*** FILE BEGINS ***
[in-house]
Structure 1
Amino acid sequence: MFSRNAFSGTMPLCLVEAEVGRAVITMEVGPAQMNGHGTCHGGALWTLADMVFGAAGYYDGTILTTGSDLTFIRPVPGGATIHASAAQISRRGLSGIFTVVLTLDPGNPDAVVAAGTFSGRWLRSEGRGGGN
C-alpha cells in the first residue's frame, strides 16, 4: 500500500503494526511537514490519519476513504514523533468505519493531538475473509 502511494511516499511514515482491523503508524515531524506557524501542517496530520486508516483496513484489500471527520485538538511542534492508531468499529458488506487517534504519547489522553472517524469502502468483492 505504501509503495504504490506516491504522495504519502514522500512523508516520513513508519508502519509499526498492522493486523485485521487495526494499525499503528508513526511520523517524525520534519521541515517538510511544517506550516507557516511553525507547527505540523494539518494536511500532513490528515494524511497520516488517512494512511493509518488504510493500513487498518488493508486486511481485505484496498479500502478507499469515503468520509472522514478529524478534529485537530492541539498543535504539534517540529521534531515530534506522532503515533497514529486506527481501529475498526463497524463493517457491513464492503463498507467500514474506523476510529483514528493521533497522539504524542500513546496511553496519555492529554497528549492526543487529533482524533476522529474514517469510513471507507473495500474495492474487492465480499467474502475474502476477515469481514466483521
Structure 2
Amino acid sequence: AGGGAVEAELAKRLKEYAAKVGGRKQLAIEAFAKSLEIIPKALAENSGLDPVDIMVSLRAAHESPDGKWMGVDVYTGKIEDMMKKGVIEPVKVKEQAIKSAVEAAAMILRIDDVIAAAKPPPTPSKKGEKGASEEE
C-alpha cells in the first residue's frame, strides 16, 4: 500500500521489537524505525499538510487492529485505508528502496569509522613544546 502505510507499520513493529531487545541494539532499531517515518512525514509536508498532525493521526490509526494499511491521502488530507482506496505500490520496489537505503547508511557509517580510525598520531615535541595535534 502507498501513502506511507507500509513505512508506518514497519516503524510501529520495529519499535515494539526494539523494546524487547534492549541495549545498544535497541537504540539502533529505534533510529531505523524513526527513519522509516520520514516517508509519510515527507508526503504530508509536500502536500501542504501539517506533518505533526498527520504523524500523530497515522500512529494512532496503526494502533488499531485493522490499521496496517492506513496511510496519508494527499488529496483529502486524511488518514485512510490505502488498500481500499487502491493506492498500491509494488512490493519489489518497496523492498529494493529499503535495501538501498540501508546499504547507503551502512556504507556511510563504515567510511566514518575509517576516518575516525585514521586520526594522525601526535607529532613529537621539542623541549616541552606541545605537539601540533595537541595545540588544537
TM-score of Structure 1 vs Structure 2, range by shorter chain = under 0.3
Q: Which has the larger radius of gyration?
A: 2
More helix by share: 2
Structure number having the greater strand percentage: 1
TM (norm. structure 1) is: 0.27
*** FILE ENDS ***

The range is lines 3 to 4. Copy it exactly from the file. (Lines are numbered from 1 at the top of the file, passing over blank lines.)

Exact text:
Amino acid sequence: MFSRNAFSGTMPLCLVEAEVGRAVITMEVGPAQMNGHGTCHGGALWTLADMVFGAAGYYDGTILTTGSDLTFIRPVPGGATIHASAAQISRRGLSGIFTVVLTLDPGNPDAVVAAGTFSGRWLRSEGRGGGN
C-alpha cells in the first residue's frame, strides 16, 4: 500500500503494526511537514490519519476513504514523533468505519493531538475473509 502511494511516499511514515482491523503508524515531524506557524501542517496530520486508516483496513484489500471527520485538538511542534492508531468499529458488506487517534504519547489522553472517524469502502468483492 505504501509503495504504490506516491504522495504519502514522500512523508516520513513508519508502519509499526498492522493486523485485521487495526494499525499503528508513526511520523517524525520534519521541515517538510511544517506550516507557516511553525507547527505540523494539518494536511500532513490528515494524511497520516488517512494512511493509518488504510493500513487498518488493508486486511481485505484496498479500502478507499469515503468520509472522514478529524478534529485537530492541539498543535504539534517540529521534531515530534506522532503515533497514529486506527481501529475498526463497524463493517457491513464492503463498507467500514474506523476510529483514528493521533497522539504524542500513546496511553496519555492529554497528549492526543487529533482524533476522529474514517469510513471507507473495500474495492474487492465480499467474502475474502476477515469481514466483521